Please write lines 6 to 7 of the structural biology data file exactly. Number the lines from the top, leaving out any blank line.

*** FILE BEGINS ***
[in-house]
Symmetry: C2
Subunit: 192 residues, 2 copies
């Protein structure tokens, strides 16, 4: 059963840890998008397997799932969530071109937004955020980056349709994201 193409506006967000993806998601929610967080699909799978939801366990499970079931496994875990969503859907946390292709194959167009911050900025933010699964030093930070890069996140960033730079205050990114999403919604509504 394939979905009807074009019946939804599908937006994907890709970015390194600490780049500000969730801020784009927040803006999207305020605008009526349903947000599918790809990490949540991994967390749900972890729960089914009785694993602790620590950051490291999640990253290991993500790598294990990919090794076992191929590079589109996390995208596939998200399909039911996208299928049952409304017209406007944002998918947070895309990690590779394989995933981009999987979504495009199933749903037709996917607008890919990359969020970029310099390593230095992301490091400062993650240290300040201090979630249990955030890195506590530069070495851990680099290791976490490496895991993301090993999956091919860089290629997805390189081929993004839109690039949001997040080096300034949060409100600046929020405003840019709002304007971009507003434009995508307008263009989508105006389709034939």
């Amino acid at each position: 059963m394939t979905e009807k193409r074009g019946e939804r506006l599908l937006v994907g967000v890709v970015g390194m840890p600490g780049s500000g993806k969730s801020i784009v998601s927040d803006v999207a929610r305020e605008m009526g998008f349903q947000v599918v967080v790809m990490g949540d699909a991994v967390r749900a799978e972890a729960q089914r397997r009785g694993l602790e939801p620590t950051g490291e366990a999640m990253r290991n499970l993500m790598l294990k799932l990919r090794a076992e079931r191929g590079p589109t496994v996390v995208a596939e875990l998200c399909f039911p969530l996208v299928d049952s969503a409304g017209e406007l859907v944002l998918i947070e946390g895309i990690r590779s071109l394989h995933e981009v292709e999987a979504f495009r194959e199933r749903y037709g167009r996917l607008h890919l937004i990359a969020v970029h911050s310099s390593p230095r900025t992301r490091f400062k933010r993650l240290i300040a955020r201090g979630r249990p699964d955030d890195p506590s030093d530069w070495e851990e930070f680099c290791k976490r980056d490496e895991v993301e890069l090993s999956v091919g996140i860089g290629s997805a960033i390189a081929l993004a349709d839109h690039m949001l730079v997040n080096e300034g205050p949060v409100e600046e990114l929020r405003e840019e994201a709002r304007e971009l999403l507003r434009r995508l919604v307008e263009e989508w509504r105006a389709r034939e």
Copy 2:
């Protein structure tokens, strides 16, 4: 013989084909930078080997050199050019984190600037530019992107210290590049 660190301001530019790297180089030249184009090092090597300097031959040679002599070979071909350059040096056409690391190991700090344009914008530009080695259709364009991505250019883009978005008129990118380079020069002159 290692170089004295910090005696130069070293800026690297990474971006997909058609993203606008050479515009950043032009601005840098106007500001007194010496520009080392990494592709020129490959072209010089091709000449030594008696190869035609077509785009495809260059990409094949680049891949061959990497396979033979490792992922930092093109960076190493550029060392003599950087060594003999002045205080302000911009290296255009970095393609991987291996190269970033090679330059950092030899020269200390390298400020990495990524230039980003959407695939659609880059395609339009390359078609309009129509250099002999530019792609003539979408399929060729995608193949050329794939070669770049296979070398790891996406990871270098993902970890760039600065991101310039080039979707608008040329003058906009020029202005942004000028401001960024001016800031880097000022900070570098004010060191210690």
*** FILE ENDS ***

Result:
Copy 2:
């Protein structure tokens, strides 16, 4: 013989084909930078080997050199050019984190600037530019992107210290590049 660190301001530019790297180089030249184009090092090597300097031959040679002599070979071909350059040096056409690391190991700090344009914008530009080695259709364009991505250019883009978005008129990118380079020069002159 290692170089004295910090005696130069070293800026690297990474971006997909058609993203606008050479515009950043032009601005840098106007500001007194010496520009080392990494592709020129490959072209010089091709000449030594008696190869035609077509785009495809260059990409094949680049891949061959990497396979033979490792992922930092093109960076190493550029060392003599950087060594003999002045205080302000911009290296255009970095393609991987291996190269970033090679330059950092030899020269200390390298400020990495990524230039980003959407695939659609880059395609339009390359078609309009129509250099002999530019792609003539979408399929060729995608193949050329794939070669770049296979070398790891996406990871270098993902970890760039600065991101310039080039979707608008040329003058906009020029202005942004000028401001960024001016800031880097000022900070570098004010060191210690």